Proposal For A Business Plan
It can be sent by an individual or a business and is usually (but not always) a response to a specific job, project, or service that’s required.
Business proposals are also sometimes used by suppliers to secure business.
Unsolicited proposals do have their benefits though, the most obvious one being that there is no competition.
Sending out unsolicited proposals, providing they’re well researched and offer creative solutions to your client’s problems, can be an extremely effective marketing tactic.
It’s totally normal to feel overwhelmed (and a little bit anxious) about writing a business proposal.
You want to get it in as soon as possible, but you have no idea what to put in there, how long it should be, or even where to start.
Some companies, particularly government agencies, actively encourage the submission of unsolicited business proposals.
If you’re trying to attract clients by sending out business proposals without first being asked, then your proposal is unsolicited.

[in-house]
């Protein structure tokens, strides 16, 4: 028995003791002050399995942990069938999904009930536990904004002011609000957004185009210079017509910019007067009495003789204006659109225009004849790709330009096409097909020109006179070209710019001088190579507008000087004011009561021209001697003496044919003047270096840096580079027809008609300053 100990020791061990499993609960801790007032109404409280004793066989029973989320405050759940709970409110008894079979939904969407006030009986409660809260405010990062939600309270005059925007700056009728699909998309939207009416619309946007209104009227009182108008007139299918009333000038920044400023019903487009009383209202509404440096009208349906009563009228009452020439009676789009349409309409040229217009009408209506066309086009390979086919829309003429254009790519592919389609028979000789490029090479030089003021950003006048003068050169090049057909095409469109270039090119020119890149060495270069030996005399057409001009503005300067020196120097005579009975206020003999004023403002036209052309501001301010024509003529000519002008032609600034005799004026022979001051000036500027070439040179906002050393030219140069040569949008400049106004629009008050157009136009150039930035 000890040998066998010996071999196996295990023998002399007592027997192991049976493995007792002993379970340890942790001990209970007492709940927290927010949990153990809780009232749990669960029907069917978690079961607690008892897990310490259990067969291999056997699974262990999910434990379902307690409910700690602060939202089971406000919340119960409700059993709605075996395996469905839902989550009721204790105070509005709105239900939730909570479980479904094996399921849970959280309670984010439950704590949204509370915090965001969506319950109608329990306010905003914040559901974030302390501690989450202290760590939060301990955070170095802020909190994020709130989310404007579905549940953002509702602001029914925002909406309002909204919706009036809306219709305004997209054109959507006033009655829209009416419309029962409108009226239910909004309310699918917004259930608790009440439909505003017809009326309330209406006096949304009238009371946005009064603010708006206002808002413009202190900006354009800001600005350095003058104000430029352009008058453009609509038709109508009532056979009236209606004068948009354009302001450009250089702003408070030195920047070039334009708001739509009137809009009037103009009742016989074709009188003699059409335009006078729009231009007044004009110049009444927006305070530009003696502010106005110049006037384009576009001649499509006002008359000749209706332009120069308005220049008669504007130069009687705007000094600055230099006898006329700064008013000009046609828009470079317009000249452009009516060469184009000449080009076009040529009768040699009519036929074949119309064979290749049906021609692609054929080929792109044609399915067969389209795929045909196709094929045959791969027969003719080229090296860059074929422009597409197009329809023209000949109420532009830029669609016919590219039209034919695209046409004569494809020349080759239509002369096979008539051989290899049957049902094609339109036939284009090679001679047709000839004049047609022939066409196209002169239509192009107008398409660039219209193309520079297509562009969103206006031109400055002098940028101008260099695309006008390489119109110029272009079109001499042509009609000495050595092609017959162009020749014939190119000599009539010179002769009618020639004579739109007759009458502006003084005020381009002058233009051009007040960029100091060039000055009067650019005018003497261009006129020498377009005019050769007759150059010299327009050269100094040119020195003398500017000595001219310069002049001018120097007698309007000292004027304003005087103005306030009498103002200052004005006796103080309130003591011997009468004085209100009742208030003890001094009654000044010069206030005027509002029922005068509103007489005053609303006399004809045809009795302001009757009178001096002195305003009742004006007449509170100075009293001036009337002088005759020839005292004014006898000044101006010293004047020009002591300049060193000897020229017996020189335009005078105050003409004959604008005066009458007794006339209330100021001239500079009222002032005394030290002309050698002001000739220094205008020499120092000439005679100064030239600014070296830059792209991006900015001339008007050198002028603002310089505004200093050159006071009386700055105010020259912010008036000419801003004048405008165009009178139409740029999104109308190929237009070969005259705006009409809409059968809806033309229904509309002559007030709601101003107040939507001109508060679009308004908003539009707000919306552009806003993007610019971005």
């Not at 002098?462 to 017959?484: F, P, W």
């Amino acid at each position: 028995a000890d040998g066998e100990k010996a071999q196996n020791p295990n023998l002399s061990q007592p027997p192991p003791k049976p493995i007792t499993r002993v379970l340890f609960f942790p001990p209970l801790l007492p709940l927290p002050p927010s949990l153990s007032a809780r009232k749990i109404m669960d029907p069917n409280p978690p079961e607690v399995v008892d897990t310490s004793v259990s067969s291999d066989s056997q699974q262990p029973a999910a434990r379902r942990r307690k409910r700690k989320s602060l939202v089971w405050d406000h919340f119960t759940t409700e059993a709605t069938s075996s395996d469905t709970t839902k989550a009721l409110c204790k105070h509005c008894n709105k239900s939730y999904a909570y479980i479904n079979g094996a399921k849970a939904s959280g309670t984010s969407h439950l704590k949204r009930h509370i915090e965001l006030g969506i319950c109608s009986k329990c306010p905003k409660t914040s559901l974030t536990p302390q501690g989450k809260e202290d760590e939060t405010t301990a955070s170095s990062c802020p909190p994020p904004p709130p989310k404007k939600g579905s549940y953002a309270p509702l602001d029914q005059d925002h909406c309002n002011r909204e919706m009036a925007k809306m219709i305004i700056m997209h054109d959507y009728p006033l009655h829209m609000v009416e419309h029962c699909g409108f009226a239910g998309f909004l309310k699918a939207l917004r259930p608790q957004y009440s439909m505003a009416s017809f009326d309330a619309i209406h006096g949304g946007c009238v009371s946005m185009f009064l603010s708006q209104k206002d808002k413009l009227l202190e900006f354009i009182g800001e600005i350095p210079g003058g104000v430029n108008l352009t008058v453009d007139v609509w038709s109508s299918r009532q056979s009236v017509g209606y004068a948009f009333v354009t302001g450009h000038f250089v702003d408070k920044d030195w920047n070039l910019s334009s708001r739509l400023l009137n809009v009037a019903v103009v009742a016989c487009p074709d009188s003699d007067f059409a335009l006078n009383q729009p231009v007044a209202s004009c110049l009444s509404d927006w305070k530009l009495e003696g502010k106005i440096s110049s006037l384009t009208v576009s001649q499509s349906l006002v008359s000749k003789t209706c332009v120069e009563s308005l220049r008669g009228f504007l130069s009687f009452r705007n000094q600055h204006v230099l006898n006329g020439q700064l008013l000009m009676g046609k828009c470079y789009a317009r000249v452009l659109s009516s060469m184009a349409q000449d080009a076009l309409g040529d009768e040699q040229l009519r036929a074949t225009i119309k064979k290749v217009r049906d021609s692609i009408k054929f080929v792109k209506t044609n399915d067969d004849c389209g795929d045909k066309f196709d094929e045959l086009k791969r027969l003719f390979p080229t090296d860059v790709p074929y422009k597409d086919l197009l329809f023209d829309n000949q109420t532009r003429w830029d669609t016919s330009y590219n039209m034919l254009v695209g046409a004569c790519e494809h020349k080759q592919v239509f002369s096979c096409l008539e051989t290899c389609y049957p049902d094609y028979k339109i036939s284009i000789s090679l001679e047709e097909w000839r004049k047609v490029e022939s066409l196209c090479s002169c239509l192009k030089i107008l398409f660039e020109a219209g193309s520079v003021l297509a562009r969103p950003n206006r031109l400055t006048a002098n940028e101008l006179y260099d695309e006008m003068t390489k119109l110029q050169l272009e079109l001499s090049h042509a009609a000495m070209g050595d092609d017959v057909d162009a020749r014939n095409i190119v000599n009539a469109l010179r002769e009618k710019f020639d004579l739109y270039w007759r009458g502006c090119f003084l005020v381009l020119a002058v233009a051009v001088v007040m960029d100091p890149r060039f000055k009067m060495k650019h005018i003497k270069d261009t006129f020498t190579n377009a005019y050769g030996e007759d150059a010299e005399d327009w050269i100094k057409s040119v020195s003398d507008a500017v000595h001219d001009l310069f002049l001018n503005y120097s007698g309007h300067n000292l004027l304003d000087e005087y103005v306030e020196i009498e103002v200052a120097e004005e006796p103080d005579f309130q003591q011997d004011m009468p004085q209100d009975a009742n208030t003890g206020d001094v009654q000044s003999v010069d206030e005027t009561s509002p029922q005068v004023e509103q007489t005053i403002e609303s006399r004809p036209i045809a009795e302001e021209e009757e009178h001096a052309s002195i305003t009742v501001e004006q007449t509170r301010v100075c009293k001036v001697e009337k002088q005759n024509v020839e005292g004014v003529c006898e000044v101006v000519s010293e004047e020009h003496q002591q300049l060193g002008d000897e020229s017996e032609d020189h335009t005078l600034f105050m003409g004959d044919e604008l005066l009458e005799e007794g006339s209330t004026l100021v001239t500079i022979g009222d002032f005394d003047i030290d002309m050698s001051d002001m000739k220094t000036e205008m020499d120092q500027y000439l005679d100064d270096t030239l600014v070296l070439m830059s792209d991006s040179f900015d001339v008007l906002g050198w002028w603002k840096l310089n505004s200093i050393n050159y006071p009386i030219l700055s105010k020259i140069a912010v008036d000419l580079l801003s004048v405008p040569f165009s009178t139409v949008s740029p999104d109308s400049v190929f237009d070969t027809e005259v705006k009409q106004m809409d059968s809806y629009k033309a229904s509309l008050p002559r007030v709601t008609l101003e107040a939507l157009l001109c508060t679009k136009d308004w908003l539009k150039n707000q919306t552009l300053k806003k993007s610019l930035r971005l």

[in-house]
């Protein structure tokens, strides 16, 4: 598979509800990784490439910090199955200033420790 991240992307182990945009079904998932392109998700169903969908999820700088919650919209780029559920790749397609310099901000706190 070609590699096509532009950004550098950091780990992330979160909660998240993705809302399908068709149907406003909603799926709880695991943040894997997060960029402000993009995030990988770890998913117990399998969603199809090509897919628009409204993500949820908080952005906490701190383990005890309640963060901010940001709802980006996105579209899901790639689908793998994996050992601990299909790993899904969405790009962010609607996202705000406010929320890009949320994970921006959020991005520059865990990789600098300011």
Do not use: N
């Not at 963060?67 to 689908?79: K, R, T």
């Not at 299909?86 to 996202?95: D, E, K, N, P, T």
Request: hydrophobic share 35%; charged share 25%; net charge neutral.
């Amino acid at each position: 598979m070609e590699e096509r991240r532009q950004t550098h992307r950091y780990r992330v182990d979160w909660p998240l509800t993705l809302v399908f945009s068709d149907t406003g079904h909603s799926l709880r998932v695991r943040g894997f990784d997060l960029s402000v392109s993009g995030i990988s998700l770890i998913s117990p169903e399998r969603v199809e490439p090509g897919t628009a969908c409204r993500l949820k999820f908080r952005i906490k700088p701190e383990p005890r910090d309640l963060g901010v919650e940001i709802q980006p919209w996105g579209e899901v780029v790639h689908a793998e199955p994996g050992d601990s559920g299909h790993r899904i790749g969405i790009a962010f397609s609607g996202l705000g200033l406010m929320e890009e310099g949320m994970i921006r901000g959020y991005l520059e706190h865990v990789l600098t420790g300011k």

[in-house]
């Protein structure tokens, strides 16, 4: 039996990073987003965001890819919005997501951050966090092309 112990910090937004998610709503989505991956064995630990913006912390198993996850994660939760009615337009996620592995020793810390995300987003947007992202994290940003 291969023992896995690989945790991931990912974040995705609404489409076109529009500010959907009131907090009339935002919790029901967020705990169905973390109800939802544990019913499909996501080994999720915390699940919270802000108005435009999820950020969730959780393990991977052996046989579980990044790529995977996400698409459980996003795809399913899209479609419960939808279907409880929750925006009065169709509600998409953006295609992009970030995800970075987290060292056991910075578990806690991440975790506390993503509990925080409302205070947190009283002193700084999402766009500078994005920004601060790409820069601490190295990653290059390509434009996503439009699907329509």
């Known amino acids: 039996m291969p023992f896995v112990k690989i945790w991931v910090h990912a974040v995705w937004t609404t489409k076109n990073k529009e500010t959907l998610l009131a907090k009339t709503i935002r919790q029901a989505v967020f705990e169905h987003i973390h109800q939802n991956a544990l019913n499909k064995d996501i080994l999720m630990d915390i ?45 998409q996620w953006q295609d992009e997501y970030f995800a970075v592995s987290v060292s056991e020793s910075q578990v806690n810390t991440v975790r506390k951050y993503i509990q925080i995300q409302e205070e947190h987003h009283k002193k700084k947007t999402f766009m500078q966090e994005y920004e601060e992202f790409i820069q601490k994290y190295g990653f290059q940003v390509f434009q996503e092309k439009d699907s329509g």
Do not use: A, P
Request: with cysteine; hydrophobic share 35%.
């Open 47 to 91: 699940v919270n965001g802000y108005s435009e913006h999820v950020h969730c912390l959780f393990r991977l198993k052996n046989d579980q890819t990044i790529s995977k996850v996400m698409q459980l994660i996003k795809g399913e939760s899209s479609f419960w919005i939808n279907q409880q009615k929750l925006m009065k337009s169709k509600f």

A business proposal is a document designed to sell your services to someone else. The why’s Why have you chosen your particular solution? This way you allow for any unexpected twists and turns in the project.
While you can certainly use some of the information in your business plan to help you write your business proposal, the focus for your proposal should not be on you, but on whoever it is you’re trying to bag as a client. You’re going to be tempted to fly through the process for fear of missing out on the job. You can always make your client really happy by knocking these extra hours off the bill at the end of the project if they weren’t needed!
Writing a business proposal doesn’t need to be daunting.
In fact, if you soak up all of the information in this article, you’ll already be one step ahead of the competition.